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How Do You Sell a Business in Washington, Idaho or Montana?

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There are many circumstances under which you might want or need to sell a business. Usually it comes down to one of the 5 Ds- Death, Disability, Divorce, Disagreement or Distress. Whatever the reason behind the sale, there’s one thing that all parties can agree on - the importance of doing it right! Following the correct procedure according to state law can help facilitate a clean break and ensure that all parties get what they want.

But when it comes to this complex and potentially sensitive process, nothing must be left to chance. You should hire and consult with a business attorney who has a proven track record of success in business law. They can help ensure that the business sale goes smoothly.

How Do You Sell a Business in Washington, Idaho or Montana?

When you are ready to sell a business in the states of Washington, Idaho or Montana you’ll likely follow a protocol like these steps:

Get the Business Assessed

In order to sell, you first need to know the value of the business and its constituent assets. Even if you have a pretty good idea of the business’ worth, an official assessment is strongly recommended to help you negotiate the best possible price.

Gather Your Business Records

A full report needs to be prepared detailing records of all transactions. These records must include account managers, vendors, service providers and everything else pertaining to the business. Virtual copies work well in most cases but there are some items for which the state government will require originals, like deeds.

Prepare a Business Sale Agreement

A Business Sale Agreement is standard practice in most states. It should provide all the information needed to transfer ownership of the business. The United States Small Business Administration (SBA) requires a wealth of information including (but not limited to) the business’ assets, purchase price, payment terms and in some cases a covenant not to compete.

Why Should You Hire a Business Lawyer to Handle the Sale of Your Business?

As you can see, the act of selling a business can be a legally complex procedure and failing to do it legally can leave all parties more vulnerable. With everything from the distribution to assets to the handling of debts, management of tax records, and the creation and negotiation of contracts to consider, there’s a lot that can go wrong without sufficient knowledge of business and corporate law.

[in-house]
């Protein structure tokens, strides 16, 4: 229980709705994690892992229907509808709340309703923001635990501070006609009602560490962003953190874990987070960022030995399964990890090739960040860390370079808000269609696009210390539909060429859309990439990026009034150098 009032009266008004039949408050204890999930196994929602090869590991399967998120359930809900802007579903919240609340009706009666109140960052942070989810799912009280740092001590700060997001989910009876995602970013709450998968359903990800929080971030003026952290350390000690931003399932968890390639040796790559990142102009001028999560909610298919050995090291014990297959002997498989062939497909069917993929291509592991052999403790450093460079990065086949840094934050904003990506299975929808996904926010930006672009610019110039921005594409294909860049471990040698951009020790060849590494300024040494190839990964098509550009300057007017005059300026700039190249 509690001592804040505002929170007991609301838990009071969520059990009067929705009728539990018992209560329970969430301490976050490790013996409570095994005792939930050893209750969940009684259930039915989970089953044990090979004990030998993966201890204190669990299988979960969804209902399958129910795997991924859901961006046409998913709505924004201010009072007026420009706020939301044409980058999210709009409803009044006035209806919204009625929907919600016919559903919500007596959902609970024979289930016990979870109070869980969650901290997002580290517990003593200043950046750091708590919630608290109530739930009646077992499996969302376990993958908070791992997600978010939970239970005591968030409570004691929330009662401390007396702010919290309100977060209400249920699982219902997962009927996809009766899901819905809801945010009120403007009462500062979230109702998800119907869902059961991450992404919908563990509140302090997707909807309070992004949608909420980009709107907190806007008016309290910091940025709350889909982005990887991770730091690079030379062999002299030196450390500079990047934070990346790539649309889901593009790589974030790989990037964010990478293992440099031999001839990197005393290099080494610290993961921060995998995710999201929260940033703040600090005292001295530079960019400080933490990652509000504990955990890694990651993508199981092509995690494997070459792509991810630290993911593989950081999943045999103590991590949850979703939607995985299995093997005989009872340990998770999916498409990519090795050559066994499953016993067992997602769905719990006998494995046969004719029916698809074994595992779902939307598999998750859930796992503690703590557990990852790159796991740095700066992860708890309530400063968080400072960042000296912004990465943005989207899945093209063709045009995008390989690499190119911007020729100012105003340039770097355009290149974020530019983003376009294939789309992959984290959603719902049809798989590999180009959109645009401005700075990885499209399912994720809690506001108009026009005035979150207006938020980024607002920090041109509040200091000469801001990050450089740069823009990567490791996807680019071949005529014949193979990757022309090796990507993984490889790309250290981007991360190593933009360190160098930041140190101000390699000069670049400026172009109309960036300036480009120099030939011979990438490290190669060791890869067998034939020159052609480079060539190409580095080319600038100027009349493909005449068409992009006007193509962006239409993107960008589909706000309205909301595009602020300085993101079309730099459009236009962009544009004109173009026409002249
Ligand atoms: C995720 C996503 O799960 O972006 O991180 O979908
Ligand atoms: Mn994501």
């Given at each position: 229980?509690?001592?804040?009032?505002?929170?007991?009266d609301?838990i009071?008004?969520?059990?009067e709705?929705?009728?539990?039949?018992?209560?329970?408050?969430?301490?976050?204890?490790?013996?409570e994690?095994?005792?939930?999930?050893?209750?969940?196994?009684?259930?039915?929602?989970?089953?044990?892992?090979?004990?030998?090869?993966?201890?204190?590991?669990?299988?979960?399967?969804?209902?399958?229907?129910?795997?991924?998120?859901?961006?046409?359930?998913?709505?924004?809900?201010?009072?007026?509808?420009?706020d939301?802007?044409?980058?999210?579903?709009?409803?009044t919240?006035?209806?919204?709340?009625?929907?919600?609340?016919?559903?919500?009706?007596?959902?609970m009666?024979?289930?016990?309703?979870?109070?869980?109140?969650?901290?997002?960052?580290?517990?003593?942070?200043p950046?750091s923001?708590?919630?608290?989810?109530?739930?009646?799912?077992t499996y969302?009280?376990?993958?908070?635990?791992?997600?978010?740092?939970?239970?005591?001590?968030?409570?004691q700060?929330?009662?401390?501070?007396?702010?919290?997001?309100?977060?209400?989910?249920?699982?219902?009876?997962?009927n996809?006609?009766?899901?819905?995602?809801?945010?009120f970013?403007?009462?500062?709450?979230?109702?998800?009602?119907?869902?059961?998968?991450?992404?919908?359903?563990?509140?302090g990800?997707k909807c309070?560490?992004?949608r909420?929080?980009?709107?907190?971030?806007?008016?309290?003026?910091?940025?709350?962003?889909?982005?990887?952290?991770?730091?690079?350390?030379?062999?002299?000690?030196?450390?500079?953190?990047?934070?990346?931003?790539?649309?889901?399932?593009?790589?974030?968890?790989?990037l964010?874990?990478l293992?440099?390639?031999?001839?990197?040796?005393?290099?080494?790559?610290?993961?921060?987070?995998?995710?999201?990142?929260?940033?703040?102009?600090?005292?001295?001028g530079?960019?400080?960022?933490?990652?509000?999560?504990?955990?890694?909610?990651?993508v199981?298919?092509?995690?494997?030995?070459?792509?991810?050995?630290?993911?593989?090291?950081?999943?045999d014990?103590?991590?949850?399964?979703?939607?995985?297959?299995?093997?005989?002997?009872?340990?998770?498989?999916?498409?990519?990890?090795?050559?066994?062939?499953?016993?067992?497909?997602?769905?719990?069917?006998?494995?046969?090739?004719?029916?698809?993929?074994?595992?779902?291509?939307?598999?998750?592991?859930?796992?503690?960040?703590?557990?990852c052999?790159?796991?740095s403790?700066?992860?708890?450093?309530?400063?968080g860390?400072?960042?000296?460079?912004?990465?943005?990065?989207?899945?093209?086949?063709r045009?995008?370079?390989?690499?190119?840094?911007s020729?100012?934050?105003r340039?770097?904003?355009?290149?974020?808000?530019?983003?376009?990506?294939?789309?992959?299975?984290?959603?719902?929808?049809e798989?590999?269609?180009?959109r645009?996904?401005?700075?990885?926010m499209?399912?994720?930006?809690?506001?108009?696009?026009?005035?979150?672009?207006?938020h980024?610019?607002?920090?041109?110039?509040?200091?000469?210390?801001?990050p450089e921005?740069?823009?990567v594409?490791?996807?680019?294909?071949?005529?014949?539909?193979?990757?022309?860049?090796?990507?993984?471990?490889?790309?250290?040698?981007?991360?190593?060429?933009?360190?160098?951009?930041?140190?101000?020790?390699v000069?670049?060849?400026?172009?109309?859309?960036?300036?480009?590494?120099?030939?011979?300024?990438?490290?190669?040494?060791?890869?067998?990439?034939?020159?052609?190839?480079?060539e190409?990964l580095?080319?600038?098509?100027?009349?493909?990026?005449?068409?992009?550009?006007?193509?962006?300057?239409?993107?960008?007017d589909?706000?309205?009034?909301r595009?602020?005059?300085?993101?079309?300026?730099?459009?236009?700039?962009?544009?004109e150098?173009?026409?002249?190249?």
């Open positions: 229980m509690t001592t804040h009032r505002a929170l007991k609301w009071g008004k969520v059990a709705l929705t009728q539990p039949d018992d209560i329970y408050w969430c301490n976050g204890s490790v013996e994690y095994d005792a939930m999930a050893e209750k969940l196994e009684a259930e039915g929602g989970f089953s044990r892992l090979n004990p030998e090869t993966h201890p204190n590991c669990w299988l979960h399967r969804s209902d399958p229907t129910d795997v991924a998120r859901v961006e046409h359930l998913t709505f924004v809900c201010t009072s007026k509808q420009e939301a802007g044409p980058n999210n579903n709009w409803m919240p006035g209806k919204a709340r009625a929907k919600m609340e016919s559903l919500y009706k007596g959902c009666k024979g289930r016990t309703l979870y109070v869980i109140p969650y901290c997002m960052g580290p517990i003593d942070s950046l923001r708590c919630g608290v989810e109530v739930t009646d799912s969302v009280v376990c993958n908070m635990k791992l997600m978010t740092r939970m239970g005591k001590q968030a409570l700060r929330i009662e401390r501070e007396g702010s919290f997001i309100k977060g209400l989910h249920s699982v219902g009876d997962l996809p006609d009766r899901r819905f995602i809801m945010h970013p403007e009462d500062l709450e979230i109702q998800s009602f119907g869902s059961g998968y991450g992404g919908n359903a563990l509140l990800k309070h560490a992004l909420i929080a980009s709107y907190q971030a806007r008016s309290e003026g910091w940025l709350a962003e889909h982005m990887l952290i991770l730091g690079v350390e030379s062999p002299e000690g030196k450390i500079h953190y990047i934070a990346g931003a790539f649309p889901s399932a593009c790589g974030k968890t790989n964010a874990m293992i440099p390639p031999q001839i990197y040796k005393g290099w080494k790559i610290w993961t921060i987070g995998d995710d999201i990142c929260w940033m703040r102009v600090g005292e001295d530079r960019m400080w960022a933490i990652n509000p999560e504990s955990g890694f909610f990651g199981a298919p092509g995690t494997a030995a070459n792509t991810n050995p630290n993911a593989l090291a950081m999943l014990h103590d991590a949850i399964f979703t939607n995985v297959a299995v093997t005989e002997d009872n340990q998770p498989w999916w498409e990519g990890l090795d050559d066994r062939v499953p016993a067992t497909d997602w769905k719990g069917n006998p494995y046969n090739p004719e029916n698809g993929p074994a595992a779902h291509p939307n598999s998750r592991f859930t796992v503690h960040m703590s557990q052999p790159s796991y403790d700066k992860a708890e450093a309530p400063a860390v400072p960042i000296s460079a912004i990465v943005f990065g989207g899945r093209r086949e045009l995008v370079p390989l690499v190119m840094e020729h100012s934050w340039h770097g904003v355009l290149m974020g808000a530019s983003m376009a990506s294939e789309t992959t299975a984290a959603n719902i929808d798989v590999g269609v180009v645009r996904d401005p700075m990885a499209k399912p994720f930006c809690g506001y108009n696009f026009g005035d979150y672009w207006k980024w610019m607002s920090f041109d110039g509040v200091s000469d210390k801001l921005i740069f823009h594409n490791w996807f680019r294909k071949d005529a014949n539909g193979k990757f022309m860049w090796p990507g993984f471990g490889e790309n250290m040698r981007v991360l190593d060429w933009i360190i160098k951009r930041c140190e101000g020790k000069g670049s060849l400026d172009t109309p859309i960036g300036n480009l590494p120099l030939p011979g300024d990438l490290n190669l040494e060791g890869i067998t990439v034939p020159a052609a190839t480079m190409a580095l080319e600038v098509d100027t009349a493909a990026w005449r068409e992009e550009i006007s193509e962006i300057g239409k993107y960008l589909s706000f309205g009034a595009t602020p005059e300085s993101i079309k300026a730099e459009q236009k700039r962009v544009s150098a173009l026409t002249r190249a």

While you don’t technically have to hire a business attorney to handle the sale of your business you run a significant risk if you don’t. An experienced business attorney can make the whole experience much easier and more palatable. An attorney can also help with negotiations, ensure that state and federal legal requirements are met, handle filings, and much more.

Why you should hire a business lawyer to handle the sale of your business

Do You Need to Sell Your Business? Get in Touch With Us Today!

Trust Brian J Bean of Charles Bean & Associates PLLC to help facilitate a smooth business sale in Washington, Idaho or Montana. With 40 years of experience and a proven track record of success in business law, you won’t find an attorney who works harder for you.

Get in touch with us today to arrange a free consultation!

Brian J Bean, Business Lawyer in Washington, Idaho and Montana

About Brian J. Bean

Brian is a business, real estate and corporate attorney. His previous legal experience includes being corporate counsel for an Avista Utilities subsidiary, Ecova Inc. He has extensive experience guiding both large and small companies through strategic business and legal decisions, corporate formalities, negotiations and disputes. He is similarly proficient in real estate law, including, but not limited to commercial/residential purchase and sales, title actions, foreclosures, easements and boundary disputes. Brian prides himself in partnering with his clients to help them achieve their goals and objectives. This means better attorney communication, being cost conscious, thinking outside the traditional attorney-client box and investing in his clients for long-term relationship.

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